The mouse wheel can be used to ‘middle-click’ in browsers. The middle-click can do two things in most browsers; close a tab, open a link in a new background tab. The middle-click is assumed to only have use within browsers but it can do other things. On Windows 10, you can middle-click to close apps. It’s not immediately obvious because you can’t middle-click on a window’s title bar like you can with a tab. Here’s how it works.
Middle-click to close apps
This is only going to work for apps that can show a taskbar preview, and that add an icon to the taskbar when they’re running. This means it won’t work for apps that run from the system tray. It will work indiscriminately for desktop apps an UWP apps.
You will obviously need the app to be open. Hover the mouse cursor over the app’s taskbar icon and the app’s preview thumbnail will appear. Move the mouse cursor over the preview thumbnail, and then middle-click on it.
This isn’t a way to force close an app. If you middle-click to close an app and you have unsaved work, the app’s save prompt will likely block the app from closing. You will have to choose to save or discard changes, and then the app will close. The save prompt won’t jump to the front if the app is in the background.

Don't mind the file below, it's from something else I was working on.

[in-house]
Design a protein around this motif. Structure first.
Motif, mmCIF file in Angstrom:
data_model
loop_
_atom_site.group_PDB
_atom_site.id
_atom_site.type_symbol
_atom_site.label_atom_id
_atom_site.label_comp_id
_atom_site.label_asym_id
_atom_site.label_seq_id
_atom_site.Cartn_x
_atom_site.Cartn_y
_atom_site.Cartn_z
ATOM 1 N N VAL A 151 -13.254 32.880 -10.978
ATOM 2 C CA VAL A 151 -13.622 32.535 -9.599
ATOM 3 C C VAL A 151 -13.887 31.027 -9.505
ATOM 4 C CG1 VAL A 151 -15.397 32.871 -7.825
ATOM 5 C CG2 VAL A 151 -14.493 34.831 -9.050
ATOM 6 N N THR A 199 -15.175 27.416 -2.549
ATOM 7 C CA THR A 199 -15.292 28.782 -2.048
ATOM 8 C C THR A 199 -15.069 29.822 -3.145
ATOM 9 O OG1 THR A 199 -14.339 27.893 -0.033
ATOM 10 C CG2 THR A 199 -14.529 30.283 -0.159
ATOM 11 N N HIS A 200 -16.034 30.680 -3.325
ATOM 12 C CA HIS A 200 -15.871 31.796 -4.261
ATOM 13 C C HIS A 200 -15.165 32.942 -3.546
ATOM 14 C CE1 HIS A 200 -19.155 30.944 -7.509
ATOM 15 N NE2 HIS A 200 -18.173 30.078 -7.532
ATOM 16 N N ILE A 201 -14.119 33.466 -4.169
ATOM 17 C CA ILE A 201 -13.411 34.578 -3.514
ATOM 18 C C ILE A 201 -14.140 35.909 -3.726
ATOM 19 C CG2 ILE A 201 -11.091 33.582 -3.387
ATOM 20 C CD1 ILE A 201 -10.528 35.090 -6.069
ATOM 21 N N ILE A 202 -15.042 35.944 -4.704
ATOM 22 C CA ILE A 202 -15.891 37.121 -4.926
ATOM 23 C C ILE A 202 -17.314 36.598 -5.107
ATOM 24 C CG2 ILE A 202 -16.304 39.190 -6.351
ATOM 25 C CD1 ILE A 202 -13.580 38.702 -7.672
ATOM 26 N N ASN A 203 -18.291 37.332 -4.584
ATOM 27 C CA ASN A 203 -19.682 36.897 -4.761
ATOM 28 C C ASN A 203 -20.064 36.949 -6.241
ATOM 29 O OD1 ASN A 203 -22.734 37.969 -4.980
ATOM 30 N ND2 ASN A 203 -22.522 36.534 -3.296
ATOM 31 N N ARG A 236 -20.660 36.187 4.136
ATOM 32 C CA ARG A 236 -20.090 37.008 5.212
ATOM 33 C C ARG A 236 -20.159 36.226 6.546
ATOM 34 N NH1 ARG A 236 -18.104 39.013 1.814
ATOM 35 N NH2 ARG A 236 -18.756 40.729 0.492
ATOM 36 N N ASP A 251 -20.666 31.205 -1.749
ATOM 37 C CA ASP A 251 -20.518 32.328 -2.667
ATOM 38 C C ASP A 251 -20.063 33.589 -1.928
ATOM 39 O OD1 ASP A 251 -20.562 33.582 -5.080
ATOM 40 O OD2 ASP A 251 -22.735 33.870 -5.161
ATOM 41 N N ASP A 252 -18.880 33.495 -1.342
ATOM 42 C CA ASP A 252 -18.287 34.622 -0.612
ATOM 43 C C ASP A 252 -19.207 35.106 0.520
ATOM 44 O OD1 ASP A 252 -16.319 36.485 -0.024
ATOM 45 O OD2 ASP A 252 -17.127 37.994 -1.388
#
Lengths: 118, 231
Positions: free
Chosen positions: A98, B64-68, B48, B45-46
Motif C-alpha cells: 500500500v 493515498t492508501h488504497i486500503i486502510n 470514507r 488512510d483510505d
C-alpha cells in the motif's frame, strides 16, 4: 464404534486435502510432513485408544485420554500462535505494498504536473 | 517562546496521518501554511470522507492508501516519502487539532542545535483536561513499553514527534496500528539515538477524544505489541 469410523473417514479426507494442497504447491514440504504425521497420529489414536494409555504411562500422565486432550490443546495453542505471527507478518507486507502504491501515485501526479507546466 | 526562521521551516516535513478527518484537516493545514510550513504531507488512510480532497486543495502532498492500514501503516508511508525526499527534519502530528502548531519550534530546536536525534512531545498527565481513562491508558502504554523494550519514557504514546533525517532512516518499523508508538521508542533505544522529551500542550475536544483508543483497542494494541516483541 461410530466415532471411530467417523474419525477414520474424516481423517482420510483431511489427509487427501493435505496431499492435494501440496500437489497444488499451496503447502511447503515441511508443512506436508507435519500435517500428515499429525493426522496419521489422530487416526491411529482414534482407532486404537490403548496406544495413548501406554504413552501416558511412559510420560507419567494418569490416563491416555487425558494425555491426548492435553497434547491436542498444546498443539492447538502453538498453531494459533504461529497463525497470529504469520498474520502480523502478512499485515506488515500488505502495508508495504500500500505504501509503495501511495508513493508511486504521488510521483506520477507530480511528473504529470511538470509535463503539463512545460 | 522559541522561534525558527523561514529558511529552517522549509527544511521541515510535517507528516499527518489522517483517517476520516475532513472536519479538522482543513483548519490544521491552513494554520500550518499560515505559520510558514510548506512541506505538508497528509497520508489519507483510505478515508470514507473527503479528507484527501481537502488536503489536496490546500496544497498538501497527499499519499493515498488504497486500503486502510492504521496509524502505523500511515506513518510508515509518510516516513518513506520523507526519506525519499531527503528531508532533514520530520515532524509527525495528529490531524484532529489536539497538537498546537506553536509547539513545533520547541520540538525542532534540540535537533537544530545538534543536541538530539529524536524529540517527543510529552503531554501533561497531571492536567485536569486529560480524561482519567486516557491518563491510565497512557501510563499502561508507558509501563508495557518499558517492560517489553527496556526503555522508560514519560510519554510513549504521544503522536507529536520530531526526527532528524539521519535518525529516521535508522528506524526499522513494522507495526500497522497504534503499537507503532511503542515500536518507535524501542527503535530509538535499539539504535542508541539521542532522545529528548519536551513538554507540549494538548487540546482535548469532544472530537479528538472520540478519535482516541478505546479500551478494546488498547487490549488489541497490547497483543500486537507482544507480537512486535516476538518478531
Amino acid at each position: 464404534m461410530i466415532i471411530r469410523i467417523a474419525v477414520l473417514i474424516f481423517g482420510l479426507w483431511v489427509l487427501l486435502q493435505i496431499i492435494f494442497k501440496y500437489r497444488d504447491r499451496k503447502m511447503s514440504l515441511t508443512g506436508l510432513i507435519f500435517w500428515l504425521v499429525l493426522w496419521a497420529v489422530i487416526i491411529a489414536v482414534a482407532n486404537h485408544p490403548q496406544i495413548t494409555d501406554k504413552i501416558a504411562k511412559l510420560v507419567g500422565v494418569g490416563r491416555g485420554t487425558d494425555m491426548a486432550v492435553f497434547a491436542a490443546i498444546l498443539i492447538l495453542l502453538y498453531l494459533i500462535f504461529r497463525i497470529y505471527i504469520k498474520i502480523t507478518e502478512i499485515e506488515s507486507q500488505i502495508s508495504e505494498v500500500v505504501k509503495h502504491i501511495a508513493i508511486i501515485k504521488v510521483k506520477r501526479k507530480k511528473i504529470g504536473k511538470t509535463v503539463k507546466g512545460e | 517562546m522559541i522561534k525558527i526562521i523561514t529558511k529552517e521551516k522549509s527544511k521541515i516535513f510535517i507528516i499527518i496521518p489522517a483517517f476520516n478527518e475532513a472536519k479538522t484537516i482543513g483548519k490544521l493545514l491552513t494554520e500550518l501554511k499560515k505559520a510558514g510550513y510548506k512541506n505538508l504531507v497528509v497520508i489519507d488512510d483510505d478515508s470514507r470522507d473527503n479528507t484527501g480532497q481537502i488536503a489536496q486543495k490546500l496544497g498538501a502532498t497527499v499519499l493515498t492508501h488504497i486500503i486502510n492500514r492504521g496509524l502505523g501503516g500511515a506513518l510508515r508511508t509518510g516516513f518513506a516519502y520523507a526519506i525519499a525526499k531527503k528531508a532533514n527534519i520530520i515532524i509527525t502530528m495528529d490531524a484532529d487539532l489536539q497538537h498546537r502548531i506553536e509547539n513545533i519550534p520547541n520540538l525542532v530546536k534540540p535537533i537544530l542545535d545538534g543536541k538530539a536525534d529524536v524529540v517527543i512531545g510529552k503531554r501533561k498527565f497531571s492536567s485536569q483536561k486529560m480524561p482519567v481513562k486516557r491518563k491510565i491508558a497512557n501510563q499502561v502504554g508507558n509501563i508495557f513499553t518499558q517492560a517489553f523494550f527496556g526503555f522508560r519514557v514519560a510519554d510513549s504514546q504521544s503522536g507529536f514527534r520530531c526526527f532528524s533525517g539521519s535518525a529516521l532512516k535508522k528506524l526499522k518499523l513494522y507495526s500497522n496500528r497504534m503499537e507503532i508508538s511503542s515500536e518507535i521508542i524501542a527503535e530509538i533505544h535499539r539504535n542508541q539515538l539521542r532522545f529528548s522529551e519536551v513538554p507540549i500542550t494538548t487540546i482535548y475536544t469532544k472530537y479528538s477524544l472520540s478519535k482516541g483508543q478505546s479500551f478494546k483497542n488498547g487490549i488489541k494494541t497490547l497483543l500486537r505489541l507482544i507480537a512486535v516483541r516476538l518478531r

Middle-click doesn’t do all that much in any app and it doesn’t seem like it does much else on Windows 10 either. This may have to do with the fact that a middle-click is a gesture/action that’s hardware specific. If you have a touchpad, middle-click isn’t the easiest gesture to execute on it. If Windows 10 were to tie one too many actions to the middle-click action, it would make it inconvenient to use the OS.
If you happen to be using Windows 10 with a trackpad, you can still middle-click though you’re going to have to figure out how to execute it. Fortunately, it’s not that hard to configure if you have a precision touchpad. Without a precision touchpad though, you have fewer options. You can always connect a mouse to your laptop.
The middle-click is an often ignored/overlooked action so much so that not many apps support it. If you don’t have a middle-click button to use, you’re not missing much. It is useful in browsers but outside a browser, it doesn’t do all that much.